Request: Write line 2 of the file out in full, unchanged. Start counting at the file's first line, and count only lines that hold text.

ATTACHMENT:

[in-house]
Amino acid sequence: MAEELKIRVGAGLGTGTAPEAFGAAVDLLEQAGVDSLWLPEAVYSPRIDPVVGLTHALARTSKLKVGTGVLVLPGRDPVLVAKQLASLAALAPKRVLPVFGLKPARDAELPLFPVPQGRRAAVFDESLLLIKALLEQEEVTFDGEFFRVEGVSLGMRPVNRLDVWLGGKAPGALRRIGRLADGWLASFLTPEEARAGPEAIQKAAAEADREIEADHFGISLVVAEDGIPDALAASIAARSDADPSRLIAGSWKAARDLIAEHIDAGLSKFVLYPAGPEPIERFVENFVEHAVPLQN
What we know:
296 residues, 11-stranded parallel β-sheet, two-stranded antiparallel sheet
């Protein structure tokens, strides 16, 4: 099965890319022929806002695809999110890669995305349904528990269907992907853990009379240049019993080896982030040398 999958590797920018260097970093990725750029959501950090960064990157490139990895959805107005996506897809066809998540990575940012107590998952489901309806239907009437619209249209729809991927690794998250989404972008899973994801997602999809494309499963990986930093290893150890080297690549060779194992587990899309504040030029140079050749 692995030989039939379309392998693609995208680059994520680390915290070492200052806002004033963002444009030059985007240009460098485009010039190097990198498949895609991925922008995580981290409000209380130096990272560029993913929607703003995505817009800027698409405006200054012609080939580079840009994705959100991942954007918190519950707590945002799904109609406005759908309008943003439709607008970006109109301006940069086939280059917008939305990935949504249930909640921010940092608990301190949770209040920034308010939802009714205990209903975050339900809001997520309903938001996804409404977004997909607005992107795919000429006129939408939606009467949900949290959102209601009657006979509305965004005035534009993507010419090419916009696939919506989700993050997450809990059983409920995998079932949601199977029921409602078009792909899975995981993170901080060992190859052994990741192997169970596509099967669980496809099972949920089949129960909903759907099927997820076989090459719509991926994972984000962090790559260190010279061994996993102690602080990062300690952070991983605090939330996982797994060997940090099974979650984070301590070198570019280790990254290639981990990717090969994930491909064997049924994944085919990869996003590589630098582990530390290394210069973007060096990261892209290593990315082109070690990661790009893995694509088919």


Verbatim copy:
Amino acid sequence: MAEELKIRVGAGLGTGTAPEAFGAAVDLLEQAGVDSLWLPEAVYSPRIDPVVGLTHALARTSKLKVGTGVLVLPGRDPVLVAKQLASLAALAPKRVLPVFGLKPARDAELPLFPVPQGRRAAVFDESLLLIKALLEQEEVTFDGEFFRVEGVSLGMRPVNRLDVWLGGKAPGALRRIGRLADGWLASFLTPEEARAGPEAIQKAAAEADREIEADHFGISLVVAEDGIPDALAASIAARSDADPSRLIAGSWKAARDLIAEHIDAGLSKFVLYPAGPEPIERFVENFVEHAVPLQN